The state of California has minimum requirements for arts learning in K-12 education. Unfortunately, many schools like Starlight aren’t always able to meet these requirements. Arts education director Sarah Brothers says that getting to the minimum arts-related education requirement can be hard, due to funding disparities that leave districts like Pajaro Valley Unified with less money.

“It’s a result of years and years of budget cuts, and a lack of funding,” Brothers says

Under the No Child Left Behind Act, the federal government began assessing school districts by their students’ scores on reading and mathematics tests in the early 2000s. Although it was dismantled nearly three years ago, the act lead to a larger focus on improving science and math-related studies, at the expense of arts classes, when budget cuts arrived a few years later.

According to the California Alliance for Arts Education, the quality and frequency of arts education across California’s public schools is generally inconsistent because schools have so many “competing priorities,” and discretionary funding is scarce. As a result, arts participation varies greatly around the state. Disadvantaged and at-risk youth, in particular, end up taking reading and math instead of arts classes.

To fill funding holes and provide more individualized budgetary support, the California Department of Education introduced the the Local Control and Accountability Plan (LCAP) in 2013—allowing local funds to go toward individualized district needs. Because of the LCAP’s flexibility, Pajaro Valley Unified was able to allocate more cash to arts programs in order to address the overwhelming local calls for more arts education from parents and students during town hall meetings.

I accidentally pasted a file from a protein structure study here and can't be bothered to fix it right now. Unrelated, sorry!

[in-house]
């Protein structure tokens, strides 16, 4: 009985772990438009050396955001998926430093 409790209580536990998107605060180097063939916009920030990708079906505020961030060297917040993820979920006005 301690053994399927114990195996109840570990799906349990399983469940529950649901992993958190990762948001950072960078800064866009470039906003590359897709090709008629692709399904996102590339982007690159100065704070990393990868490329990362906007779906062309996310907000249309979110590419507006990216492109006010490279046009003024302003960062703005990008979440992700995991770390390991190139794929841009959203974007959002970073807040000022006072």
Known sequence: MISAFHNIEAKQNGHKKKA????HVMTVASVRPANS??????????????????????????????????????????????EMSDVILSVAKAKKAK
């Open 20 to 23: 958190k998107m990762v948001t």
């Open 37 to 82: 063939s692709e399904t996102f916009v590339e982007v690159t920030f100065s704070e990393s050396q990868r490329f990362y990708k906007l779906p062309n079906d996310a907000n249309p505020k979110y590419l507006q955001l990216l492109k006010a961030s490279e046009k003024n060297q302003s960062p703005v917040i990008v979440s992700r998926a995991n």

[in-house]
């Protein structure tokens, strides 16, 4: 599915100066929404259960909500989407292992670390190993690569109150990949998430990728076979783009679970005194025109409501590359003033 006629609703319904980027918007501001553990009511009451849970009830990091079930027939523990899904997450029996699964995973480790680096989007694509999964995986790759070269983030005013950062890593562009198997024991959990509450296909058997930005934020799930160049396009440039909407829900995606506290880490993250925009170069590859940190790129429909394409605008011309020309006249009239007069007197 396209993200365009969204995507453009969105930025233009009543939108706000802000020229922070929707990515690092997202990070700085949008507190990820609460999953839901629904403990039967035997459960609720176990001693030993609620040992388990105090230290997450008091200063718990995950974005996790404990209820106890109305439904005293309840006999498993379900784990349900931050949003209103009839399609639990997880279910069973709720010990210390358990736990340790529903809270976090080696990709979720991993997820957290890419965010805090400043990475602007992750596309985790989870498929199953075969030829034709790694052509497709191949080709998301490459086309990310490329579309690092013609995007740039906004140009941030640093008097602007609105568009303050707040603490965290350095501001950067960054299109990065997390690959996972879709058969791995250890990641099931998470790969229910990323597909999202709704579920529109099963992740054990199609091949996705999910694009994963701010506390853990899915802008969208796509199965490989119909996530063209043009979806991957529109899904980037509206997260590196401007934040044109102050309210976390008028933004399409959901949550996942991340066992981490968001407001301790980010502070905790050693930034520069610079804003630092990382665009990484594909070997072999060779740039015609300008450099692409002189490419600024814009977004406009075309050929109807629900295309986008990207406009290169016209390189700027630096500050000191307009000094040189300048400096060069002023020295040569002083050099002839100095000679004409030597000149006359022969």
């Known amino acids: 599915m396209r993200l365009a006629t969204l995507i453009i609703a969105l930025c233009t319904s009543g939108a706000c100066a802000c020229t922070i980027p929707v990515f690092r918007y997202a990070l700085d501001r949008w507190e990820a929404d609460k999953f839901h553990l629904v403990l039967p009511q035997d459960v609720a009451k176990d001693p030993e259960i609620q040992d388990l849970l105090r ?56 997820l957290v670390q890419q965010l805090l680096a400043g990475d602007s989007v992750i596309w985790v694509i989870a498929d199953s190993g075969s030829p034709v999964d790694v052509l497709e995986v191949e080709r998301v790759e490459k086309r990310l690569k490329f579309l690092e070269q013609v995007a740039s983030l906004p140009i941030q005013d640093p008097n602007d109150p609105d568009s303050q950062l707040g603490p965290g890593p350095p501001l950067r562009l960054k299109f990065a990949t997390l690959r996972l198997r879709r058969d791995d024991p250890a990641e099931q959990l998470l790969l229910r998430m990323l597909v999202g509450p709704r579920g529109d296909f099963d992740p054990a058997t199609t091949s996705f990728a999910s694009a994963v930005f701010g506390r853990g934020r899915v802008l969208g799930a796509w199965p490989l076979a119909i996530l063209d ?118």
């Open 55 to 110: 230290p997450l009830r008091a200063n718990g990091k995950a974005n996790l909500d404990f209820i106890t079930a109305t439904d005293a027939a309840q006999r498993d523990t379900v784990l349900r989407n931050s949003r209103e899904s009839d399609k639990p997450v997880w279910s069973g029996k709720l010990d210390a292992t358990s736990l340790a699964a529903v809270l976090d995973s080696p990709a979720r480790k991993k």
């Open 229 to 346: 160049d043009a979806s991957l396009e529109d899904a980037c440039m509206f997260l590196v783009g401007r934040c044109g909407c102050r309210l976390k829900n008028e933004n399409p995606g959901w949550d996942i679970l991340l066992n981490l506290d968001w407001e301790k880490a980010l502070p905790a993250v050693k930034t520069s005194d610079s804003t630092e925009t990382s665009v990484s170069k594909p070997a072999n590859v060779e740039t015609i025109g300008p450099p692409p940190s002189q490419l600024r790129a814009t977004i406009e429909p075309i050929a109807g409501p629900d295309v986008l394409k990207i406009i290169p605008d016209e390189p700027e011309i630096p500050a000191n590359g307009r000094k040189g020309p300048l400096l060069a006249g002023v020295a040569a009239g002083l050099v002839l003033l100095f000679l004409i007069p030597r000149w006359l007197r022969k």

“I feel like now the pendulum is swinging back, because teachers and school administrators are starting to realize the importance of arts education in the schools, and it is slowly starting to creep back,” Brothers says. “Pajaro Valley Unified School District didn’t have any visual- and arts-credentialed teachers for years, and just a couple of years ago they hired around 20 full-time art teachers.”

Despite hiring more instructors, Brothers says, the Pajaro Valley’s schools still receive far less per-student arts funding compared to other Santa Cruz County districts.

Although Arts Council Santa Cruz County can’t support every local school, Brothers believes that providing the neediest students with access to arts education is a fundamental building block toward a better education and a brighter future.

“There is a window of opportunity right now because of this new call for ways of learning, and that’s exciting,” Brothers says. “The arts speak to the four C’s—creativity, critical thinking, collaboration and communication, which extend into other areas of learning. That’s really what the arts are all about.”

 

For more information about the Arts Council’s arts education initiatives, visit artscouncilsc.org.